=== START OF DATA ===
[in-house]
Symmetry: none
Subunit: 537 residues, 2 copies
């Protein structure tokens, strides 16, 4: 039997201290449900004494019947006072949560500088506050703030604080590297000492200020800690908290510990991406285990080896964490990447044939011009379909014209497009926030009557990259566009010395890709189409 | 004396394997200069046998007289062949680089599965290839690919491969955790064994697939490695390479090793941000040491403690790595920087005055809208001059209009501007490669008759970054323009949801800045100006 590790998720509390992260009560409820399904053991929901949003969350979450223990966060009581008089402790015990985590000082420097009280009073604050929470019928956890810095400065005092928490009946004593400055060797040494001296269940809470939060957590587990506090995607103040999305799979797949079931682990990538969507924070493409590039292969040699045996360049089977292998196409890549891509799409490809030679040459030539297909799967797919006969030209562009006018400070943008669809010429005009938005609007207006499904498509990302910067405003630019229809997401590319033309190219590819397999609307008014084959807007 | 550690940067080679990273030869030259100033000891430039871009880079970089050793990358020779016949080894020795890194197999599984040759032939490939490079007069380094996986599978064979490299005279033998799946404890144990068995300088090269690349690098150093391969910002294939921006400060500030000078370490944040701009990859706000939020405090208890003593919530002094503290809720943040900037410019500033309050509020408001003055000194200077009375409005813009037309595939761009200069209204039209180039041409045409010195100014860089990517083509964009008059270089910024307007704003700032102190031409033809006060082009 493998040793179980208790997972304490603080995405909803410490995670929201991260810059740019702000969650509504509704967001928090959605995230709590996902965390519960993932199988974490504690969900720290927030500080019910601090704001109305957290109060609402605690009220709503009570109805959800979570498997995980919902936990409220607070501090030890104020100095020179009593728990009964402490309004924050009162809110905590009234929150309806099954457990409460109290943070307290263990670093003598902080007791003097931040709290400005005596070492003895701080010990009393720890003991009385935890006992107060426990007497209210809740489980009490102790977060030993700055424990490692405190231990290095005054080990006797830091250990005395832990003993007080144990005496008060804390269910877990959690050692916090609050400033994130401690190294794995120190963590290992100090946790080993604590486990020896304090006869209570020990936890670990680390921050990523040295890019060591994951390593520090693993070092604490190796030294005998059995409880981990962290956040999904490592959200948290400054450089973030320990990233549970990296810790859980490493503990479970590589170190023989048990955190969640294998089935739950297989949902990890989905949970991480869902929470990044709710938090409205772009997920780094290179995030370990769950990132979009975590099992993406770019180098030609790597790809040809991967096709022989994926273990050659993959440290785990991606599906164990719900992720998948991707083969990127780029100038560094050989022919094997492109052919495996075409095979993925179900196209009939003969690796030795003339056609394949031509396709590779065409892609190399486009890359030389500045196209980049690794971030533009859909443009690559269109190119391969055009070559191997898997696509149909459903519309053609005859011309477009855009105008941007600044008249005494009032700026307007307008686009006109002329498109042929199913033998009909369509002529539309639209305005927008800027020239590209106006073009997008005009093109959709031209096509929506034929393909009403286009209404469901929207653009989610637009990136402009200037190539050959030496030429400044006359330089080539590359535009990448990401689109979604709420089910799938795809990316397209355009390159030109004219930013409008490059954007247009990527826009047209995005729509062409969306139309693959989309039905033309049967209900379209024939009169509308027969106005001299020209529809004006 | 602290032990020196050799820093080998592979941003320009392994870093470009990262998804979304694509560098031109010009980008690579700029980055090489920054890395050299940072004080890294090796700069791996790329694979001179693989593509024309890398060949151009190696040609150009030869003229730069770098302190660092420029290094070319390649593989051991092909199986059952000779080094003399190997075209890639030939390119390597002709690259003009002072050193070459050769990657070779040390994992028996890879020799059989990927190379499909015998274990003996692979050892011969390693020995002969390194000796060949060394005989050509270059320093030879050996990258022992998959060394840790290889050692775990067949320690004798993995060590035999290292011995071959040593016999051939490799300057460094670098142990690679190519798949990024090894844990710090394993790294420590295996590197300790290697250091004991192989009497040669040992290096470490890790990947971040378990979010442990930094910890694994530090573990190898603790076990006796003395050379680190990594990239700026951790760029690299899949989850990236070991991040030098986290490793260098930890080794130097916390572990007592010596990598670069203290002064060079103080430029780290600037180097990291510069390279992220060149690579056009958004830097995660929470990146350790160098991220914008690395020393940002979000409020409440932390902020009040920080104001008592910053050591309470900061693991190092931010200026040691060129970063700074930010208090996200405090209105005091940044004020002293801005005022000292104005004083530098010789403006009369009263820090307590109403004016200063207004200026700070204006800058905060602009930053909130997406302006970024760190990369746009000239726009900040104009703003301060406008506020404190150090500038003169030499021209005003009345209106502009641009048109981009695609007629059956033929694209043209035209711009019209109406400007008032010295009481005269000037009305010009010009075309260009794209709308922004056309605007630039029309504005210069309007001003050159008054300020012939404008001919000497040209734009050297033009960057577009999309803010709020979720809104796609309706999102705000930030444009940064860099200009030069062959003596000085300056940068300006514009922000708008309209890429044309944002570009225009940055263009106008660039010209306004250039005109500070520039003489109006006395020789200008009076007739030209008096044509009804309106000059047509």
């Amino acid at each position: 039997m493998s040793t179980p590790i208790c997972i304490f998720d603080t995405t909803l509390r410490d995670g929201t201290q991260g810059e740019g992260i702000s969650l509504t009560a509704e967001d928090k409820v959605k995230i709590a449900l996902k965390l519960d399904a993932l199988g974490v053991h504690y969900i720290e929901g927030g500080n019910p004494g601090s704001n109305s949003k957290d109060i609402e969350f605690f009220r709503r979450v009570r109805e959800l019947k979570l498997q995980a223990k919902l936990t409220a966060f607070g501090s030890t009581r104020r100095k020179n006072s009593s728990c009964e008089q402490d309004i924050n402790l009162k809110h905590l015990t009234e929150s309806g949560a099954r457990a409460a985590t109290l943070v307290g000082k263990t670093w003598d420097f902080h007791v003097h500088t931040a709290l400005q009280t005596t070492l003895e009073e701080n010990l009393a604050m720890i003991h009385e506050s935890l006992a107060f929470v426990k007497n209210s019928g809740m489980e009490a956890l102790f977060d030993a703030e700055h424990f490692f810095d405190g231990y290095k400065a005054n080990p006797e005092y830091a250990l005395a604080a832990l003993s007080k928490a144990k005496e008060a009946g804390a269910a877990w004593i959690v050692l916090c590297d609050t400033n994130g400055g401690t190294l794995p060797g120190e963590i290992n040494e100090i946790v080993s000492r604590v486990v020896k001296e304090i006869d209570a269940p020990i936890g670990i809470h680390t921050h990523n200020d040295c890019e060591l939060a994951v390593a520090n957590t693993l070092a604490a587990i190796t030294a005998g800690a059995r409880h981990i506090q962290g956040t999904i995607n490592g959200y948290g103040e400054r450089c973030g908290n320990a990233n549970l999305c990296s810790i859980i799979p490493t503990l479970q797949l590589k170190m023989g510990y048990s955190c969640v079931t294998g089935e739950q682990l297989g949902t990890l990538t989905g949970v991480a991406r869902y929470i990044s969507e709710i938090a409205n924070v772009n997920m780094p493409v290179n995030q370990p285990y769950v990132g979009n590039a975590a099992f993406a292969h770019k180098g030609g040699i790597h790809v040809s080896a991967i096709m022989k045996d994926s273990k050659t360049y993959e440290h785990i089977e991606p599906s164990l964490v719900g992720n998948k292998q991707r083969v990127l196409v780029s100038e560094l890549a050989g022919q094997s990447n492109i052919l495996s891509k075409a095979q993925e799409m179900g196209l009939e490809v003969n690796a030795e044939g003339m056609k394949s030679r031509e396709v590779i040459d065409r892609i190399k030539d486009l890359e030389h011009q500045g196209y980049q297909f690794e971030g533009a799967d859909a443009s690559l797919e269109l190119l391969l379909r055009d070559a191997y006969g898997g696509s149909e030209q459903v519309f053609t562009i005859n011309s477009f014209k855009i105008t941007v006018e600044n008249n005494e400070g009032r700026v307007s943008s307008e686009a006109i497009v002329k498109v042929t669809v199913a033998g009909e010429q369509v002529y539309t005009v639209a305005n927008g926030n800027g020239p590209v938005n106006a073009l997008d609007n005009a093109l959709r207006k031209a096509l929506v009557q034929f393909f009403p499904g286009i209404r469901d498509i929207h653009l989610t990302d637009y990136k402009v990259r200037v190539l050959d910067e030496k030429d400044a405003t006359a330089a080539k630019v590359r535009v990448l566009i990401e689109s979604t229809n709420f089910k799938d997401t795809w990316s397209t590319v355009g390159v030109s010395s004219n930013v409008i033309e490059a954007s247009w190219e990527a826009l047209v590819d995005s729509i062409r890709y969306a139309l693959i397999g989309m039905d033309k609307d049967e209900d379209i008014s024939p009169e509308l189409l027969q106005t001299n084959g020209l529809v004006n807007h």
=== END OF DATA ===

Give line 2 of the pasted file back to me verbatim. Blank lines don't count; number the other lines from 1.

Symmetry: none